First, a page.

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Story written by Dr. Lance Parish-Martin, DMD


I was born in 1968, in St. Louis, Mo. Today, we would call it a free-range childhood. We lived in  an urban area (which is now a suburban), and, were lucky enough to have quite a bit of woods. It really was one of those childhoods where we would come home when we got hungry.  Our parents would turn us loose and let us run through the woods, dig muddy holes and come back filthy.  We’ve even been sprayed by skunks, came home and followed the theory of washing in ketchup to get the smell out. It worked. I don’t know how!


I went to an orthodontist when I was a kid, my parents at one point had me in braces. I don’t remember my teeth being particularly crooked, but I’m sure they were. They were removed at about age 15. At that time, I was involved in a church group with the kids slightly older than I was. I was already watching them be aimless, and floundering, not knowing what they wanted to do in life, picking the wrong thing and having to redefine their curriculum.  I thought that was kind of silly.  I needed to pick something I knew would provide an income and give me a reasonably comfortable place to sit while I work. I thought the orthodontist gig looked pretty neat. I didn’t realize then what it took to become an orthodontist. But I had declared that’s what I wanted to do. I found a program at UMKC (University of Missouri-Kansas City) that was a six-year streamlined program. Most dental schools at the time were four-year programs, with a pre-requisite of having a four-year degree. So, I was able to shorten it by a couple of years. I applied and was accepted to that program. Before I went, I spoke with our family dentist Dr. Peter Rubist, from St. John, MO. He mentioned he was sending his own son to dental school right across the river in Alton, IL, SIUE (Southern Illinois University at Edwardsville). He recommended I look at that program before going all the way to Kansas City.   We looked at it, and never looked back. They said they didn’t have a six-year program but if I took their pre-requisites for the first two years of my undergrad, they would consider letting me in. So, I do not have an undergrad degree like most dentists do. I do have two years of mostly science and math, and my dental degree. I am lucky, fortunate, or blessed. I don’t understand how it happened, it just happened.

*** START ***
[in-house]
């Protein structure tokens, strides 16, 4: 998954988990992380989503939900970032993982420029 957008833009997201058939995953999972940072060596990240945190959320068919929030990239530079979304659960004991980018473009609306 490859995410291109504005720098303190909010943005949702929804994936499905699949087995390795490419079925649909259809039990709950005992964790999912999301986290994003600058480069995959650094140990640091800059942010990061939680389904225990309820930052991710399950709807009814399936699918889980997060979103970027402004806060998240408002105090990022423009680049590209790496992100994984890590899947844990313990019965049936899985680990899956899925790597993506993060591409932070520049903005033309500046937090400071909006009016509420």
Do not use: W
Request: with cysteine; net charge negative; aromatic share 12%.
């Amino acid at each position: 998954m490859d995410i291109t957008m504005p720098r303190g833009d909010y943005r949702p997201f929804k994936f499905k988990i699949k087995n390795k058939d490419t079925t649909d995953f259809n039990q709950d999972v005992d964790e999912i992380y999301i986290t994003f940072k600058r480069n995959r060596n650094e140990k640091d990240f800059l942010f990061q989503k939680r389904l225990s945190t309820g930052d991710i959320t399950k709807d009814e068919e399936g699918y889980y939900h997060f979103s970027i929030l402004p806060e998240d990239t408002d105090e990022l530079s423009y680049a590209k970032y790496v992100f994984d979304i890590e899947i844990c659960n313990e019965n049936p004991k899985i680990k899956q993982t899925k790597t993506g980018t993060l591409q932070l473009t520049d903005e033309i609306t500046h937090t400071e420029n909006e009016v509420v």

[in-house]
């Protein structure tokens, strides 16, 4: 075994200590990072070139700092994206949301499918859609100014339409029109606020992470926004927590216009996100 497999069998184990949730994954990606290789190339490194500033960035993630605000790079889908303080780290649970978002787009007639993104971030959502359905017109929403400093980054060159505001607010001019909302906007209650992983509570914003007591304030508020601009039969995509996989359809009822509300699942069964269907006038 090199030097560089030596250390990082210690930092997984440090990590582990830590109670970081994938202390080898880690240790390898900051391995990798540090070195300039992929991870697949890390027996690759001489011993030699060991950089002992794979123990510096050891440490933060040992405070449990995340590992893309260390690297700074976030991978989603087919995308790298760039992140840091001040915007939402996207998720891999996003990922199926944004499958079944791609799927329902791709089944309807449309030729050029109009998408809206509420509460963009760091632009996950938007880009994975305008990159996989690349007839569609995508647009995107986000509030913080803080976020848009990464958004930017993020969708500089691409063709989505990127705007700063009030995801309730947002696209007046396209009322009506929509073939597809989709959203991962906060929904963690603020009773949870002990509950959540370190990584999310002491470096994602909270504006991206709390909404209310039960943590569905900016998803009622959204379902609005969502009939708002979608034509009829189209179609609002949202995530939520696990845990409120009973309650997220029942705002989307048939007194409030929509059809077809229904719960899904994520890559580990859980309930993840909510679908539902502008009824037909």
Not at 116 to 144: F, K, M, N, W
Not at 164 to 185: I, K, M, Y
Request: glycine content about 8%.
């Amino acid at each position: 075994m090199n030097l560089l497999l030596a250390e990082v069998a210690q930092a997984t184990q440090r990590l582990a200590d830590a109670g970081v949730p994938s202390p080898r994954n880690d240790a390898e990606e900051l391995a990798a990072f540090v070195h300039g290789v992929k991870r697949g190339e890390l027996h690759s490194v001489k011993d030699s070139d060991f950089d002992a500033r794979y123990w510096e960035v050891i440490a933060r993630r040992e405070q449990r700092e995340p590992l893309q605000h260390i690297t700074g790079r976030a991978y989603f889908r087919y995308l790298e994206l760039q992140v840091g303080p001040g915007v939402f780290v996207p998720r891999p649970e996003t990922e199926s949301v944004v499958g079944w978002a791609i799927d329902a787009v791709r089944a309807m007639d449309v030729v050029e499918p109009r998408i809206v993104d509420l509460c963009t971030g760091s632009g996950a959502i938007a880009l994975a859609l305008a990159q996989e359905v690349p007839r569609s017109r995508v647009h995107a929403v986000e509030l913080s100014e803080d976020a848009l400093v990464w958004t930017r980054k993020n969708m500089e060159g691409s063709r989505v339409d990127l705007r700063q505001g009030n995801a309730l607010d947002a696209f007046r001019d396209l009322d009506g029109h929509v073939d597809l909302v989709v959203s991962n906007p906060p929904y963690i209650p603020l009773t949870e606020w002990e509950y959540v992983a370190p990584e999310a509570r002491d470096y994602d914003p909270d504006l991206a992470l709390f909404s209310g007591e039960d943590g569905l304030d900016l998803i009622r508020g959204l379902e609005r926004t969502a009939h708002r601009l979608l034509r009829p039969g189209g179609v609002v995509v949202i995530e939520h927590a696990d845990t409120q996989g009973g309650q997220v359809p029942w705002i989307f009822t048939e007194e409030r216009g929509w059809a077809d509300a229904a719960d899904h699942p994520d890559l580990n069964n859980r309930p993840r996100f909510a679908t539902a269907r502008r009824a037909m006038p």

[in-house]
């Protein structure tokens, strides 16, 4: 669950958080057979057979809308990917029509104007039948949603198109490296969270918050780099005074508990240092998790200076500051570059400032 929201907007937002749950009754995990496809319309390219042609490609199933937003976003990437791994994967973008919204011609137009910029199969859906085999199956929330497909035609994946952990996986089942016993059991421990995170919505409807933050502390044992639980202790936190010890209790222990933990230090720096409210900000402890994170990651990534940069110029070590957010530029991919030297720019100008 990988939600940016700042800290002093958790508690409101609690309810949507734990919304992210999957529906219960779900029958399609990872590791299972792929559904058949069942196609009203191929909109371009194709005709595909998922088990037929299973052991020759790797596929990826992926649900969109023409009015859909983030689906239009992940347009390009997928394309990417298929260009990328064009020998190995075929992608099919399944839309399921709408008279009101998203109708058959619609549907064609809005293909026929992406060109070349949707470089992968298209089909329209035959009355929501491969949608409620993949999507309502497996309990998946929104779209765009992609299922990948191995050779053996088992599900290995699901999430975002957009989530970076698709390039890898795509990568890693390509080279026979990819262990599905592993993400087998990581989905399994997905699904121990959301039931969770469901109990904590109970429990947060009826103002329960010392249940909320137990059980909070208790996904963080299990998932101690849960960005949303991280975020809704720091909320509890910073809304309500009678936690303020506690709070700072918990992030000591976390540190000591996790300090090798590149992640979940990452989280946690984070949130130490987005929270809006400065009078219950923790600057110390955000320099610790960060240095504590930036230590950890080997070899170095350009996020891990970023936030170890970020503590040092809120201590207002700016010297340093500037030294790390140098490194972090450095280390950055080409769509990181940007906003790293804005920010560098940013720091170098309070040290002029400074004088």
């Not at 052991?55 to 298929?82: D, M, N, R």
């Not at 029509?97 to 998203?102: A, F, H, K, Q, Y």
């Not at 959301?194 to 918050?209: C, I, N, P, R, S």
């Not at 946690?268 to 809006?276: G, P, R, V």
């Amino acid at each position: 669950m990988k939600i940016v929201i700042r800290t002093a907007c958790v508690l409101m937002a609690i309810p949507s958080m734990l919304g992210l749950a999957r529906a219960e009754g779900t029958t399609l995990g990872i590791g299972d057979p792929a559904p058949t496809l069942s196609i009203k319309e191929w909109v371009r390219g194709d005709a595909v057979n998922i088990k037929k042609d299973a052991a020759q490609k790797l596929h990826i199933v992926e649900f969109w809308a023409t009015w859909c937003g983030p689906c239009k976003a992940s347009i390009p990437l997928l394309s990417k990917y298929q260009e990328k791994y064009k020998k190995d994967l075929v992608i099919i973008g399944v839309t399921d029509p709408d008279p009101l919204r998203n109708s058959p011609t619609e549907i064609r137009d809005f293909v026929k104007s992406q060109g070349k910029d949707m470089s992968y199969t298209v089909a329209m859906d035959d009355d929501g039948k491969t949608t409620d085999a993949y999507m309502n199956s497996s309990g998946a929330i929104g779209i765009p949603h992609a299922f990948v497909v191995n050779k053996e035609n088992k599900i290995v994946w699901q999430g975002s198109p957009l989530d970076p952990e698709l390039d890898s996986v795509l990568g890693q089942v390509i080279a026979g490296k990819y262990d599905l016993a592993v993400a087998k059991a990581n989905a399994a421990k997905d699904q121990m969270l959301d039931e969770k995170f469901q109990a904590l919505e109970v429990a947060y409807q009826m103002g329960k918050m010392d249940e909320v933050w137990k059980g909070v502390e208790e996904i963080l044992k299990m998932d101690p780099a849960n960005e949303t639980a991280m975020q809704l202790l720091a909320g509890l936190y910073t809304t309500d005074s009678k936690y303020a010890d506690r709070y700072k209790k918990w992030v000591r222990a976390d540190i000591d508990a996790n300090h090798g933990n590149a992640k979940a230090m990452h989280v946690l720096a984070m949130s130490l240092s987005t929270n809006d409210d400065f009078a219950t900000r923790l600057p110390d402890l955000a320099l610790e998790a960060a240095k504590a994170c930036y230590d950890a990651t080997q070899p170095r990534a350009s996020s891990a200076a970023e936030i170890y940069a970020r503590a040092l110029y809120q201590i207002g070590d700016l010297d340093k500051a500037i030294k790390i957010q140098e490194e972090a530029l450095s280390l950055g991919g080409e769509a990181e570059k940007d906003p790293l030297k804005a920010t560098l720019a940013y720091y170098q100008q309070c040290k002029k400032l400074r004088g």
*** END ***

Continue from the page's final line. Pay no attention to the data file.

I did a couple of big things in my career. The biggest one was, I qualified to work as a hygienist, although I wasn’t an actual hygienist. I had a dental degree and a license in Missouri.  I went to work as a temporary hygienist.  My ambition there was, not only to get some income rolling without a specific place to be locked in to, but also to poke my nose in to dental offices and see who was operating well and who was operating poorly. I wanted to emulate the best. I did that for about nine months. I purchased my first practice in Bridgeton, MO, my hometown. I was thinking that’s where I wanted to be.  I was surrounded again by more good fortune and blessings. I had the right people there to steer me towards the right lender. A lender who would loan to a kid that had nothing, and no proven track record. I think my dad had to co-sign that loan.  The lender allowed me to purchase a practice from a man who was retiring. I spent the first five years of my career (1995-2000) at the practice in Bridgeton.


I had an accountant who was also a friend. I consider him almost to be a father figure, he was extremely helpful. At the time I was working in Bridgeton, towards the end of my stay there. The Lambert Airport flopped their runway right over the biggest part of my community, so a lot of my patient source moved out to places like St. Charles or Creve Coeur. My friend was watching from afar and he said, “Lance, I have a partnership in O’Fallon, Illinois, and one of the guys is about to leave. I really think you ought to look at it.” He talked to me about it for about nine months before I ever went out.  When I finally did, of course, it was attractive to me. It was a bigger business, a partnership, and everyone seems to get along well, in a growing community. I went out to dinner with the previous owner, and there were no fewer than ten people that came by and said, “Hi Doc, how ya doing?”  It gave me a home town feeling. This was in early 2000.  Because of my accountant’s advice, being in a community that was in decline versus a community that seemed to be growing, it seemed like a good investment for the long term. I headed across the river to Illinois, and now embrace my practice in O’Fallon.